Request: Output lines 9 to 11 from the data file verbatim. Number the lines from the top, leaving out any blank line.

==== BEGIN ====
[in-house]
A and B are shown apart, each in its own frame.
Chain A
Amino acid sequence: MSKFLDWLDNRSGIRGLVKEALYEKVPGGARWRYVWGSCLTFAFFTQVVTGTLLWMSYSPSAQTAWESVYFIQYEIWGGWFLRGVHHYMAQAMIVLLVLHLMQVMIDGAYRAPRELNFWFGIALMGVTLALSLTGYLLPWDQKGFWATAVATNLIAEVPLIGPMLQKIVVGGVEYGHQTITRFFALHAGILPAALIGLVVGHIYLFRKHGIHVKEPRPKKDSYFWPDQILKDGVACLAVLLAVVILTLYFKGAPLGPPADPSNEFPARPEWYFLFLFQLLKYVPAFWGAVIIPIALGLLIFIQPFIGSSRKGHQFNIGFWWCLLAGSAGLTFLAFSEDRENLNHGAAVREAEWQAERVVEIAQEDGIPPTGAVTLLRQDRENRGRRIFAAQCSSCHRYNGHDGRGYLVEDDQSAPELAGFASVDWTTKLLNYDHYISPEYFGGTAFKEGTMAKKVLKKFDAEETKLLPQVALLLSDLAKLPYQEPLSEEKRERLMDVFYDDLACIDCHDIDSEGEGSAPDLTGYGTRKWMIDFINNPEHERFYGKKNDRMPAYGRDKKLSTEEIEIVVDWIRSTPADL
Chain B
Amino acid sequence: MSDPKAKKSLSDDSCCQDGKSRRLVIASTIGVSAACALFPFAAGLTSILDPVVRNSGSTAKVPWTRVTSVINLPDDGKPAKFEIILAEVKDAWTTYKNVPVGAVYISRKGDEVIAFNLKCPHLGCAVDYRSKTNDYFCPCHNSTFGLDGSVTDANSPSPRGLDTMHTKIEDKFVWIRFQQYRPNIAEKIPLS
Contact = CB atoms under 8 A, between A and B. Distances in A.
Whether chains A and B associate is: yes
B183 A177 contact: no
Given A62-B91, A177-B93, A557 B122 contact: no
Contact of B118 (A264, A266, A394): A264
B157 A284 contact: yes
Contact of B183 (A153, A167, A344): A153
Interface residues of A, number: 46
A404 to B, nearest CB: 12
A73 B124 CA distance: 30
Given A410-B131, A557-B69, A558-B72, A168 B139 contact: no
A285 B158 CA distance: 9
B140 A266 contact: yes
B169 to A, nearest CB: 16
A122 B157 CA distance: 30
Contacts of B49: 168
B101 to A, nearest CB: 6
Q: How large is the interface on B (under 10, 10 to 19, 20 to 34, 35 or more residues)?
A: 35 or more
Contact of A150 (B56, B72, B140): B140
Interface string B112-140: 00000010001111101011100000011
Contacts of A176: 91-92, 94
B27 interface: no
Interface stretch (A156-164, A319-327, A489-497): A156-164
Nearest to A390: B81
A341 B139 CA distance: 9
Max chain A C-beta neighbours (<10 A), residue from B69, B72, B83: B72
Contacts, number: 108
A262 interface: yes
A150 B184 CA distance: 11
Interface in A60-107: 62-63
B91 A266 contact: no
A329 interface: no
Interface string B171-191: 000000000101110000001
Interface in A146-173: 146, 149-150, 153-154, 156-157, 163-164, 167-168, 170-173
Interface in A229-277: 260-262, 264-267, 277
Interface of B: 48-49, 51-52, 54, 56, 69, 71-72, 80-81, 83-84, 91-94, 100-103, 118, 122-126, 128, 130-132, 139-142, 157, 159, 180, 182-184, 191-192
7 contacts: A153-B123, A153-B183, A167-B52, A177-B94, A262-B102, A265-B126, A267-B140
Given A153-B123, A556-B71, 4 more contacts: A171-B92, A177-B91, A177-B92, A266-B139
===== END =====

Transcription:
B183 A177 contact: no
Given A62-B91, A177-B93, A557 B122 contact: no
Contact of B118 (A264, A266, A394): A264